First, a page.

FOR the second Sunday running, Sunderland were pushing for a late goal.
But whereas Sebastian Larsson’s strike against Blackburn Rovers was just reward for a dominant display, a White Hart Lane equaliser would only have punished Tottenham Hotspur’s failure to finish off outclassed opponents.
Despite a couple of late minutes of kitchen-sink football, the equaliser never came. Sunderland could take some heart from keeping classy opponents at arm’s length for so long, but it was outweighed by the fact they offered the helping hand which decided the contest, courtesy of another Wes Brown error.
Both clubs have lavished eye-watering amounts of money on their squads in the last five years. Spurs have invested in a squad with genuine title pretensions, but Ellis Short’s cash has largely been squandered.
Martin O’Neill may find he pays the price when the elephant in the room – his January transfer war chest – comes up in conversation with the Texan.
For an hour at least, the Irishman (pictured below) demonstrated he is capable of making do and mending a threadbare squad.
But as if to demonstrate their greater resources, a Spurs side missing Gareth Bale conjured the winner from a substitute, Roman Pavlyuchenko.
O’Neill has spoken of his admiration for Barcelona, and in trying to mimic them he has started with pressing high up the pitch.
It made a couple of early backpasses more awkward than they should have been for Brad Friedel, but with all their recent European experience, Harry Redknapp’s men are comfortable with close attention and patient in possession.
Their relaxed demeanour would be a feature of the afternoon.
Brown was given an early warning of what was to come when Rafael van der Vaart pounced as he tried to bring the ball out from the back.
It eventually found its way to Benoit Assou-Ekotto at the back of the penalty area, but van der Vaart stabbed the full-back’s shot wide. Twice in quick succession, Sandro found space but not the net.
With Spurs waiting for rather than forcing an opportunity, the Wearsiders grew into the game.
Aaron Lennon’s twanged hamstring – an occupational hazard for speedy wingers in the cold temperatures – forced a change of shape from the hosts, and chances began to fall to the Black Cats.
In the 31st minute came a rare occurrence – some support for striker Connor Wickham.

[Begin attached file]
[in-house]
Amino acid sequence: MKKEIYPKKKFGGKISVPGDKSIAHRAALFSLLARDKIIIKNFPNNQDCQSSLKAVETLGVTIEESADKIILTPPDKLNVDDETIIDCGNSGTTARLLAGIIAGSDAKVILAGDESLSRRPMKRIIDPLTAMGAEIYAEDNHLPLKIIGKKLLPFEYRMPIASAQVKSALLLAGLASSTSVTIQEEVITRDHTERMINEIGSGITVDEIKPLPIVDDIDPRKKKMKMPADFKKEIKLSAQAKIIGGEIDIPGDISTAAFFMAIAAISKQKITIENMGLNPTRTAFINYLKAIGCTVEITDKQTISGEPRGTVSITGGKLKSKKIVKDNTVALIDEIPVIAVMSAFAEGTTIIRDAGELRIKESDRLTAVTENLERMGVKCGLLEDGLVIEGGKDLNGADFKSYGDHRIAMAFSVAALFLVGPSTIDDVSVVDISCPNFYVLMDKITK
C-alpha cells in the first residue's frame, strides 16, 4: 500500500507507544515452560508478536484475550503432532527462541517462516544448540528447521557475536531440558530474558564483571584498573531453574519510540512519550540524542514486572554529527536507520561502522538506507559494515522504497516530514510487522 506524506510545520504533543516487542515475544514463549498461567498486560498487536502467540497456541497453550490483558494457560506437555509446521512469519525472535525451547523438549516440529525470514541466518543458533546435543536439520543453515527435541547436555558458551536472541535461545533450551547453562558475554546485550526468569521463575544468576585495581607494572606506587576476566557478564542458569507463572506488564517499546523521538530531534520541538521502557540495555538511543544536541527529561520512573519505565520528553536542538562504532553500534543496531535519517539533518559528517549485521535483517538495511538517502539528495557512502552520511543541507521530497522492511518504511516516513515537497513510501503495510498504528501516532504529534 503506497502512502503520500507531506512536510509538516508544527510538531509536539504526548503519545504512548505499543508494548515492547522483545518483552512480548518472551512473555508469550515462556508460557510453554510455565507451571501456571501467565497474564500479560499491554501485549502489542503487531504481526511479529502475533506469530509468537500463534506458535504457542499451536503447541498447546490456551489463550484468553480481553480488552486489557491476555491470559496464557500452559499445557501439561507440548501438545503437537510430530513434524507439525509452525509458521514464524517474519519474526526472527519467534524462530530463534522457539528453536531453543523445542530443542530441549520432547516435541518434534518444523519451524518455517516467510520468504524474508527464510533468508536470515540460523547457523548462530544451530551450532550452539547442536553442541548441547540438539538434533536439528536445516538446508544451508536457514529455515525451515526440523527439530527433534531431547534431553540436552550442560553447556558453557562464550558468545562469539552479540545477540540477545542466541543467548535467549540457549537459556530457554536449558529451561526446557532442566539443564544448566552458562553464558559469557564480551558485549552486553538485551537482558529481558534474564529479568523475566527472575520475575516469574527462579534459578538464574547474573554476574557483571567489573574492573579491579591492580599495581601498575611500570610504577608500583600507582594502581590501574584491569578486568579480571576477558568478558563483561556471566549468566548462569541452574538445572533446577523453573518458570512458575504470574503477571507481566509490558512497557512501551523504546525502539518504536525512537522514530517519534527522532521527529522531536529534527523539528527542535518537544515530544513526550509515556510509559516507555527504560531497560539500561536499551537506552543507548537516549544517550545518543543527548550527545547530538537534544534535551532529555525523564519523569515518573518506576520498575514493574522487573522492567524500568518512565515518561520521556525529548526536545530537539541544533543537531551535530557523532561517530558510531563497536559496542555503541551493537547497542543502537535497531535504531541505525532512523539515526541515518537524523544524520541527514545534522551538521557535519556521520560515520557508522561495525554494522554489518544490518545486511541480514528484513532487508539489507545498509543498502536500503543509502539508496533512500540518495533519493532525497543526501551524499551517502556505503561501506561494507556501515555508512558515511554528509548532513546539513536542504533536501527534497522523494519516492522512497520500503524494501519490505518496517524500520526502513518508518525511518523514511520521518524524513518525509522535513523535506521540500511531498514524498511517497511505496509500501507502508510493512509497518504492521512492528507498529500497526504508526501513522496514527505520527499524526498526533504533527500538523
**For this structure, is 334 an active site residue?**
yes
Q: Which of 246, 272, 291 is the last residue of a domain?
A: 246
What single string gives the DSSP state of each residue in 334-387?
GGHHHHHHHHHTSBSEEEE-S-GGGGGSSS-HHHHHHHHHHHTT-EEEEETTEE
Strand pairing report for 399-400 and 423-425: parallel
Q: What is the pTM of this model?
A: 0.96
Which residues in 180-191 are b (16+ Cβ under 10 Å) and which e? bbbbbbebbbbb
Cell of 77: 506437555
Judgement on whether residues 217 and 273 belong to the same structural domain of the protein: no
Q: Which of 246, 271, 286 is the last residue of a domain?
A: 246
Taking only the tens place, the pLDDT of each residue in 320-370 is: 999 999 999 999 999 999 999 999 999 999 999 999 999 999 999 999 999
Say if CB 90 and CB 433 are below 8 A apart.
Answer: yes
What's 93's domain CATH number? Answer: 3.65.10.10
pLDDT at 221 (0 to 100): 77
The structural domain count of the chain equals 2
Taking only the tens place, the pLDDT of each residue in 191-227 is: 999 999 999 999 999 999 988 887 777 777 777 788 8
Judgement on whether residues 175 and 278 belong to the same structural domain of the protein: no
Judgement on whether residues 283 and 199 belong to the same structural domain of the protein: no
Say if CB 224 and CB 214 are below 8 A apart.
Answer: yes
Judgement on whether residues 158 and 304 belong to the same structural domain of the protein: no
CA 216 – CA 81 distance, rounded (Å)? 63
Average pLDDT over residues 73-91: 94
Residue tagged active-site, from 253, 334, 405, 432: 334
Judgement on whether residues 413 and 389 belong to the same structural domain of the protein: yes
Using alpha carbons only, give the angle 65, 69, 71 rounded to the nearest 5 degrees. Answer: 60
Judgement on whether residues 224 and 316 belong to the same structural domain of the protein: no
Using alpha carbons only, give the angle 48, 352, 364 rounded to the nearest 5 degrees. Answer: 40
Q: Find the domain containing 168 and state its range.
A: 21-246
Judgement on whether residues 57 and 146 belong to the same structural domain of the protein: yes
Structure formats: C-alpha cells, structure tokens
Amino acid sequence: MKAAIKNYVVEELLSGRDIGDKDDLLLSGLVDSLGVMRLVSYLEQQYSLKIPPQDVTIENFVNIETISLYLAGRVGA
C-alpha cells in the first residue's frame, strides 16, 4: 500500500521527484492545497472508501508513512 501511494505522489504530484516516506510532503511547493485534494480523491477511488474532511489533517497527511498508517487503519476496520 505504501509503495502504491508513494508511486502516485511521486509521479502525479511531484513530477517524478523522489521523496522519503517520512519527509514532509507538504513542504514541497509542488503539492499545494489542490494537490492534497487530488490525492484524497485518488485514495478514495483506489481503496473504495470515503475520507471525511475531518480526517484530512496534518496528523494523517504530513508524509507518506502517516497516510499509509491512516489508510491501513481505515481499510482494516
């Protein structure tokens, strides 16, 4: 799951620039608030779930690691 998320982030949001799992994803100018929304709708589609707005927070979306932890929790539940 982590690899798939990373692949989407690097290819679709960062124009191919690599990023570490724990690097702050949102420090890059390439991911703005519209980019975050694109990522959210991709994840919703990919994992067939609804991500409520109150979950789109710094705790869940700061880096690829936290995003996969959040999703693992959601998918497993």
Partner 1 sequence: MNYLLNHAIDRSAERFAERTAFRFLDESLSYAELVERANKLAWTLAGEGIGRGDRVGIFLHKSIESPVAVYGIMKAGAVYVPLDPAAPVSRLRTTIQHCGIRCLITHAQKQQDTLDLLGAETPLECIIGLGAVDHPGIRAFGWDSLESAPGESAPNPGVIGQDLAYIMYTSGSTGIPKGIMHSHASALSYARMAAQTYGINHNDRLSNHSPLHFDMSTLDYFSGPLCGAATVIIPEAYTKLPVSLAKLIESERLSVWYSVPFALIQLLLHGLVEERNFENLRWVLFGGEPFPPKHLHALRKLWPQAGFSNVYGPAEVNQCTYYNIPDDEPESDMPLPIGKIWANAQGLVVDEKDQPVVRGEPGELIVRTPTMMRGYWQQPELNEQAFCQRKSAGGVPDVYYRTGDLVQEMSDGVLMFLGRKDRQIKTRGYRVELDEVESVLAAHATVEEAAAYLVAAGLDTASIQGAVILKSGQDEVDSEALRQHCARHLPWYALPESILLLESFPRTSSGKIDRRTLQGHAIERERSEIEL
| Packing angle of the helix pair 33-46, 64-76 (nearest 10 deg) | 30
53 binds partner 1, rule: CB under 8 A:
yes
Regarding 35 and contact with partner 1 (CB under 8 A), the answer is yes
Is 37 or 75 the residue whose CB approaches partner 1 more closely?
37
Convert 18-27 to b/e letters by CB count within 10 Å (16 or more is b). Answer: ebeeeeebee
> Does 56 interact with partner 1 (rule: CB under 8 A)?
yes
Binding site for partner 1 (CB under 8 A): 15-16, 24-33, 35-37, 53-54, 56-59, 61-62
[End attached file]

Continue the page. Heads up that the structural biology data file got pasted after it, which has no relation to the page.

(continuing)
He laid the ball back to Kieran Richardson, who cut onto his right, but produced a weak shot Friedel dropped onto.
When Stephane Sessegnon released Sebastian Larsson, the cross went behind Richardson, and a glorious opportunity was wasted.
A knee injury to Wickham which eventually forced him to be replaced with Nicklas Bendtner at half-time reduced Sunderland’s momentum, and Spurs finished the half with its best chance. Keiren Westwood’s timid response to a Scott Parker cross provided Lennon’s replacement, Pavlyuchenko, with a 45th-minute tap-in, but the Russian poked wide.
Greater Spurs energy made the second half more open and entertaining – two things O’Neill could have done without.
David Vaughan, from distance, forced the first save of the half, but for the most part the play headed in the opposite direction.
Van der Vaart’s shot deflected for a corner and Emmanuel Adebayor could not quite get above Assou-Ekotto’s cross. When Richardson threaded a lovely pass to him in the area, Jack Colback turned into the formidable Sandro.
Defensively, Brown’s confidence is very low after an impressive start to his Stadium of Light career.
The centre-back was as jittery as his partner Titus Bramble was assured, and eventually his side paid the price.
Parker latched onto a loose pass and fed van der Vaart, whose exquisite reverse ball picked out Pavlyuchenko. This time the striker found his spot.
With half an hour left, Spurs began to dominate but their determination to score the perfect goal allowed Sunderland to stay in the game.
When van der Vaart produced another brilliant reverse pass Westwood’s save from Adebayor presented a gift-wrapped Chistmas present to Luka Modric. The Croat shot over the empty net. Van der Vaart shot straight at Westwood and when Kyle Walker showed disdain for his team-mates’ over-playing by thumping a shot, it thudded into the advertising hoardings.
Van der Vaart’s free-kick hit a red-and-white wall, Westwood saved with his chest from Adebayor, and Pavlyuchenko was just wide from the edge of the area.
Redknapp was confident enough to call his Europa League boys from the bench, but with such a flimsy cushion, Spurs were never totally comfortable.
Sunderland, though, lack the ruthlessness to punish profligacy and a final five minutes of huffing and puffing brought little of significance bar Bendtner’s volley, off balance, from a one-two with Sessegnon.
Unlike their next three fixtures, trips to White Hart Lane are not games Sunderland should be targeting for points.
But in their perilous position, they cannot afford to be too picky about where they get them.